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Meet Advisor of the Year finalist Alicia Lewis

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Alicia Lewis has deep roots in the retirement advisor space. She is a third-generation advisor who has been in the industry 11 years.

When she started in, she says she was shocked at some of the recommendations senior clients were receiving, especially with respect to subjecting their savings to the whims of the market. From that point forward, she was determined to educate retirees on all options available to them.

“The baby boomer generation has so many different elements coming up against them in retirement, and I enjoy showing them how we can help overcome those,” says Lewis. Those challenges include generating an income without depleting their hard-earned nest egg, the cost of health care in retirement, longevity and inflation.

“When we meet with potential clients, we consistently hear about their worries about all of these,” says Lewis. “That is why becoming an all-inclusive retirement planning firm was important to us.”

Layman Lewis Financial Group focuses almost exclusively on retirees and seniors. The company’s total sales were just shy of $23 million last year, including $14.25 million in annuities and $275,000 in life insurance.

On challenges: To state the obvious, I’m a woman in a man’s world. In addition, I’m a third-generation advisor. I have had to work extremely hard to gain the respect of potential clients and prove that I am as good as ‘the boys’ in our industry. I’ve also had to overcome the expectations that some clients put on me to be like my grandfather or father. As much as I admire my father, and began in this industry because of him, I am NOT him. I’ve discovered different gifts and passions that I have that set me apart from my father as mentor, and make me a great advisor because of that.

On prospecting: A large portion of our business comes from client referrals, which I take personally. If my clients are willing to recommend me to their friends they must trust me, and they must like and approve of what we are doing with their money. Both of those things mean a lot to me, and in turn, they affirm the choices we are making as a firm for our clients. My father taught me well: “If you take care of your clients, they will take care of you.” I’ve never seen that more true than this past year. It feels good knowing they believe in me and what I’m doing for them.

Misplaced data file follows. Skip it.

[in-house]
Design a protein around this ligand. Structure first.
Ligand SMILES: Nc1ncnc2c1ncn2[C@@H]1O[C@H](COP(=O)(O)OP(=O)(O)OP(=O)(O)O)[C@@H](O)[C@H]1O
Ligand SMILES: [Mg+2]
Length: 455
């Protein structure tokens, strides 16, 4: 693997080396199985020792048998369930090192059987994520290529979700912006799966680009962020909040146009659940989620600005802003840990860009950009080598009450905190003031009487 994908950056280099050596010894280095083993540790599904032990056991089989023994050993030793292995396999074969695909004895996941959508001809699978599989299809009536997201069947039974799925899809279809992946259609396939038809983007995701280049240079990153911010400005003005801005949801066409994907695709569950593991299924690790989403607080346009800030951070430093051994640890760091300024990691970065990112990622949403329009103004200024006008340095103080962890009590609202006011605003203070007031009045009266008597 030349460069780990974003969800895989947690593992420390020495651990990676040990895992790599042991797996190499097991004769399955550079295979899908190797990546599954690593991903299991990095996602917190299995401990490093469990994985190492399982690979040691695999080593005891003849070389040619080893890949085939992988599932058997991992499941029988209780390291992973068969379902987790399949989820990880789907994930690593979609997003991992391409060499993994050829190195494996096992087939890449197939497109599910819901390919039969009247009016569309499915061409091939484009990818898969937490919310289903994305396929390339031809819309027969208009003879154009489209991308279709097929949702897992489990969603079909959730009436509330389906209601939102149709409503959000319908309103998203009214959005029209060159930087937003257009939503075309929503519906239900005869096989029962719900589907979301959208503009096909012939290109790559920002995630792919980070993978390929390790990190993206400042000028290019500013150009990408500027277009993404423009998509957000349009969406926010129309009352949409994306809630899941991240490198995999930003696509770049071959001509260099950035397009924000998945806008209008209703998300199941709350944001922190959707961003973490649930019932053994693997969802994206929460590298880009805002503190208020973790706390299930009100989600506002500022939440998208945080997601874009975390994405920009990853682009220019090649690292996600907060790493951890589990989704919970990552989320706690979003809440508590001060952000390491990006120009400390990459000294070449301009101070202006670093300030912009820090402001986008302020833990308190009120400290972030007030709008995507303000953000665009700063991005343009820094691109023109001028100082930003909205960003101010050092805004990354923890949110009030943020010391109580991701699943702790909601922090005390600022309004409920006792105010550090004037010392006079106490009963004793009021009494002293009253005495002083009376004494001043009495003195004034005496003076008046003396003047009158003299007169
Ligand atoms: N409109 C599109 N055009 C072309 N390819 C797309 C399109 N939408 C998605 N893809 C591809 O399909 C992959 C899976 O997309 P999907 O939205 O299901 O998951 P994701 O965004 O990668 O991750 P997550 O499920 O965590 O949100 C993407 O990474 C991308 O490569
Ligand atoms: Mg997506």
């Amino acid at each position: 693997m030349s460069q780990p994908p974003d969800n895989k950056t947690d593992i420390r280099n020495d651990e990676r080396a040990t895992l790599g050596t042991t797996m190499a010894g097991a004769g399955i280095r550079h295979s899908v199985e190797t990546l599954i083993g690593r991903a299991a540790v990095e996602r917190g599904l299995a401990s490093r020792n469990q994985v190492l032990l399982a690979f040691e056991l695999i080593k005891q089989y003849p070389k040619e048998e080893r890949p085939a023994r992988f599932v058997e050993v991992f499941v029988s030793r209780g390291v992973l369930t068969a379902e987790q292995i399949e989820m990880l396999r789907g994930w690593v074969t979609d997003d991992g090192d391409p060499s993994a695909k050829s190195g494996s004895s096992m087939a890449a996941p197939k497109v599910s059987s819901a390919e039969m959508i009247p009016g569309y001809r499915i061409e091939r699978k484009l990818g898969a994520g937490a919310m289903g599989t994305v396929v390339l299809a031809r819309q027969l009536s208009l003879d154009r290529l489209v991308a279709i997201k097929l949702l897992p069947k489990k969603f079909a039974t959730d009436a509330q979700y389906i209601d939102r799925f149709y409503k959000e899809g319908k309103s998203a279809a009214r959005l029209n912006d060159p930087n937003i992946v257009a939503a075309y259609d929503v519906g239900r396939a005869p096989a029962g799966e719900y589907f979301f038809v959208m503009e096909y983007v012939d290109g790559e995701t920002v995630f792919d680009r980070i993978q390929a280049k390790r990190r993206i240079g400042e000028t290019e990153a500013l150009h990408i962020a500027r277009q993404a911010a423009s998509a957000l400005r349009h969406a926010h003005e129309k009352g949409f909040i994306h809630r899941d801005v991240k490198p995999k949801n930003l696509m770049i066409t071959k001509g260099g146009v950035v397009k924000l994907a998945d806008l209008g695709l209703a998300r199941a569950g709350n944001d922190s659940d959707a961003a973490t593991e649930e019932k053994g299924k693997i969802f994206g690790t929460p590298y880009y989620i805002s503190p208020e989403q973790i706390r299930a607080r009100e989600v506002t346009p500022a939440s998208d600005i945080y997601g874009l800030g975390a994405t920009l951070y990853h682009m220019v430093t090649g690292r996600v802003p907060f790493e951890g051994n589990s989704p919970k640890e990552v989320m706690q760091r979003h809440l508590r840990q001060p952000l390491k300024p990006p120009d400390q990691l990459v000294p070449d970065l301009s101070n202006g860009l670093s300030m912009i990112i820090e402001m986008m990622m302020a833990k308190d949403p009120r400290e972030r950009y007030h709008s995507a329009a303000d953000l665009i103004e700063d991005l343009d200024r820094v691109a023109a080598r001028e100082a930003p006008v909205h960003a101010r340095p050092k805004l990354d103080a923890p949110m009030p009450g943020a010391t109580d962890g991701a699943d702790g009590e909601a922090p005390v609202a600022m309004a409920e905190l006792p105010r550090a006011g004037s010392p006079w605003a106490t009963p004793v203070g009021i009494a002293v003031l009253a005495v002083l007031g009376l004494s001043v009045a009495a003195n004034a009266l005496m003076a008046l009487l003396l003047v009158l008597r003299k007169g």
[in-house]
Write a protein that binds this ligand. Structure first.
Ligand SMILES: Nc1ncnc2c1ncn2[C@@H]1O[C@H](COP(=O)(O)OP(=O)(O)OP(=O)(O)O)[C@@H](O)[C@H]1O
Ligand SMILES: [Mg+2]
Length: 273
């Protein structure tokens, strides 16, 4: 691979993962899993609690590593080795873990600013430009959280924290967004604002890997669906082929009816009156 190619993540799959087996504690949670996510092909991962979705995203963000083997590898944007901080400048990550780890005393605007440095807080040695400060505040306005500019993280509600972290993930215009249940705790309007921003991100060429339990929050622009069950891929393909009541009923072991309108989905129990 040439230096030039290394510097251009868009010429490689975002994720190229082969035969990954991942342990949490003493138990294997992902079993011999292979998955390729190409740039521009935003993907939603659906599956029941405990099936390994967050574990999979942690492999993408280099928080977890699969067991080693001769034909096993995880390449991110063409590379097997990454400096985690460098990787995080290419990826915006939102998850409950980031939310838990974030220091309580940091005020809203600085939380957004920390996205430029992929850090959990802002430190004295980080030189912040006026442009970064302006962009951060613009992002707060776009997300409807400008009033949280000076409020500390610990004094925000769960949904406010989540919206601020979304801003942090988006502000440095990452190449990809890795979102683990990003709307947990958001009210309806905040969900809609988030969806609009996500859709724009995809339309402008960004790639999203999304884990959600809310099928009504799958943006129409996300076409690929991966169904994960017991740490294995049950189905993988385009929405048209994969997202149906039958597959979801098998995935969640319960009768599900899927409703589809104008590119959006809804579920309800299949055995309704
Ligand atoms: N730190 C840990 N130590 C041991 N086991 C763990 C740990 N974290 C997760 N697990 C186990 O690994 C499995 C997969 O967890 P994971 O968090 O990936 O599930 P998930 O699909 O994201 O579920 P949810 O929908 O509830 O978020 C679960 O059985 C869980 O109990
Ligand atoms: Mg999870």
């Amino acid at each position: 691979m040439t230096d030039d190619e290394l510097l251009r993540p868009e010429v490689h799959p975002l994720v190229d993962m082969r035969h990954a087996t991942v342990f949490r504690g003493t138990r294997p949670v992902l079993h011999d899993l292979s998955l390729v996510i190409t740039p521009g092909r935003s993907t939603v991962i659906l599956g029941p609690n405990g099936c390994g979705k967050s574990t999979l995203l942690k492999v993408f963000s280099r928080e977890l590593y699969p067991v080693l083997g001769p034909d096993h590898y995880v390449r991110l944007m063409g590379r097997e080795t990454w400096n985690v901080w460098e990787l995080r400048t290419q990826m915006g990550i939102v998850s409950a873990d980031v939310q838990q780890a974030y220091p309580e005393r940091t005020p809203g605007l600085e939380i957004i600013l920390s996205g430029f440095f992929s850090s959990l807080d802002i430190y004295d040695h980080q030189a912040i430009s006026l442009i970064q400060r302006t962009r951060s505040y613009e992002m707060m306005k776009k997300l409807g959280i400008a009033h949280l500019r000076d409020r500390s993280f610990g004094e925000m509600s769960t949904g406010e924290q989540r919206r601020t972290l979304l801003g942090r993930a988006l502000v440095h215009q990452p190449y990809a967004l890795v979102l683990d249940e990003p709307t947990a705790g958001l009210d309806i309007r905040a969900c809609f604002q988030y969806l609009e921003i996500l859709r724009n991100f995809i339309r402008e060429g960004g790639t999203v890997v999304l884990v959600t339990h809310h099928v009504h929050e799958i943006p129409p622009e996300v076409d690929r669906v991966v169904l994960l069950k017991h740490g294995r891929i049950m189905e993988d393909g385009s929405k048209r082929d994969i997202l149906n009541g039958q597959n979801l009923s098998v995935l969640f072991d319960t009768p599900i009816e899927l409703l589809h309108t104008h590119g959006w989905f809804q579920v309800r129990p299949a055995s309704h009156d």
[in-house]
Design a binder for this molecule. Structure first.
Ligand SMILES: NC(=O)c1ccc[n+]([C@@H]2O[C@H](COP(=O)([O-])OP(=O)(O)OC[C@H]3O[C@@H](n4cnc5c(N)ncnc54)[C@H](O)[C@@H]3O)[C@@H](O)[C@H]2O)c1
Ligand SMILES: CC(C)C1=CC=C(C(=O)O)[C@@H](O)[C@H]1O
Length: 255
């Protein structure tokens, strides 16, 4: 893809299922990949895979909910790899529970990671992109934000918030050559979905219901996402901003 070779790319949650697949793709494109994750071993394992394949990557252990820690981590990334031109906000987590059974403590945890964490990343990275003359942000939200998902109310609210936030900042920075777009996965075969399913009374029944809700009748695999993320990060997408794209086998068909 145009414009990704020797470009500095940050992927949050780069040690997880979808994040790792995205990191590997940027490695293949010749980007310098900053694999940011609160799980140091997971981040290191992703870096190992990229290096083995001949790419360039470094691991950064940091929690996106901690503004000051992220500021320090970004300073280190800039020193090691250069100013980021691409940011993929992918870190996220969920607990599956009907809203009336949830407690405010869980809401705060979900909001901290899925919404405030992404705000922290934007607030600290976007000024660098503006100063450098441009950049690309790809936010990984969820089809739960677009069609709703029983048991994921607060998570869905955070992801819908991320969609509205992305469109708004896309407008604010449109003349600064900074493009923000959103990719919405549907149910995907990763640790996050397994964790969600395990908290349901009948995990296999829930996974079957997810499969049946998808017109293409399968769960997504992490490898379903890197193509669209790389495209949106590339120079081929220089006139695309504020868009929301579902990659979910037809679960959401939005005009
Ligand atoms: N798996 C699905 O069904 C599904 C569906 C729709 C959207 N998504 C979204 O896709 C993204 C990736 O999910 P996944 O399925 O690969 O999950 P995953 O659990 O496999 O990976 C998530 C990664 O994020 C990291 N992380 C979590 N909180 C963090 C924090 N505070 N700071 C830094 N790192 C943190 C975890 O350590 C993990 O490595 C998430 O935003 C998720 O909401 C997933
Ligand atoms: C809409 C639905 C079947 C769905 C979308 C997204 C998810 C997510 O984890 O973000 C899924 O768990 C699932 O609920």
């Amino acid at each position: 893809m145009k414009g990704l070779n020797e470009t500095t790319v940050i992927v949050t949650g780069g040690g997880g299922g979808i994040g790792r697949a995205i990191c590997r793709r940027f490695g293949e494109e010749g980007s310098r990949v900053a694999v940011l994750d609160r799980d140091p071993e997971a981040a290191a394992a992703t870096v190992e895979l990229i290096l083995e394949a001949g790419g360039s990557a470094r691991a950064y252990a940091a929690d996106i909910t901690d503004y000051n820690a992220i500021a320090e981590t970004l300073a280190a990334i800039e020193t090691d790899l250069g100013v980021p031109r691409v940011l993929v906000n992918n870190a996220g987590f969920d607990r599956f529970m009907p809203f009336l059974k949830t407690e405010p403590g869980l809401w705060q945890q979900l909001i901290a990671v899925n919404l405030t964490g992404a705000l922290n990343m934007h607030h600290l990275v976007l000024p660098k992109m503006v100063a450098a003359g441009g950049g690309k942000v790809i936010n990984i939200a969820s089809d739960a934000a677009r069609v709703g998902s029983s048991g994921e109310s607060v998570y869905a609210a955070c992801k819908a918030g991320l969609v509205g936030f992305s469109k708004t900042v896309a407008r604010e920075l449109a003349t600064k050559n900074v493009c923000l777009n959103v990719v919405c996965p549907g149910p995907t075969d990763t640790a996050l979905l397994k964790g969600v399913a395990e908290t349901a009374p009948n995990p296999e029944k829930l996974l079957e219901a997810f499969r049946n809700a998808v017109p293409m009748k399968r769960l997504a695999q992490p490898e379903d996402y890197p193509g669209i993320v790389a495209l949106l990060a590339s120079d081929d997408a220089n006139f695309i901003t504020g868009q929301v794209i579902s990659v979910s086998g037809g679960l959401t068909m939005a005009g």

On client retention: Relationships are key to retention. We see our clients multiple times a year, and not all of those times are business. While we do encourage an annual review (at minimum), often clients come in multiple times a year for updates, reallocations and reviews. We also hold multiple client appreciation events throughout the year that allow us to all get together on more of a personal level. I used to think this was a benefit for the relationship between me and my clients, which it is, but because of these appreciation events our clients have become my friends. I don’t believe in just keeping business “business” with our clients. I’ve loved becoming friends with them; and we’ve seen numerous blessings, both financial and personal, that have come from investing right back into our clients.

On financial literacy: Education is key. If a client does not fully understand a concept related to her retirement plan, we will take all the time needed to help her get to that place of understanding. Not only is it important for clients to know the “why” with the “what,” it is also vital for them to have all the data to make an informed decision. We have a saying here in our office that “the option you are never given is the option you will never take.” Educating our clients on all options available is a fundamental step in serving clients well.

On qualities of a good advisor: First and foremost, being able to put clients’ needs first, while wholeheartedly committed to doing the right thing, all the time, every time. Professional qualities would include the ability to creatively build “bulletproof” retirement strategies and, at the same time, long-lasting personal relationships with clients. I also think you must be a leader worth following. You can be a great salesman, or in my case, woman, and put together bulletproof plans, but if you aren’t a leader worth following, your team won’t be there to help get you there. Again, so much about this industry, and success as a whole, is about building relationships with people around you. When you can prove that you are serious about what you want, where you are going, and that you are worth following, you just have to GO and the rest will fall into place. I’ve seen that prove true in my experience.

On the industry’s future: The changes just keep coming and I believe we will continue to see the advisory field culled as many professionals are not able to weather, adapt and capitalize on that change. Fear of market volatility has grown exponentially since 2008 and that’s where we’ve come in to catch those who have fallen through the cracks and lost their portfolios. More and more, people are looking outside of the big investment firms for more safety and entire portfolio planning in retirement, and over and over again they are finding solutions that they weren’t aware of when they first began their investment journey.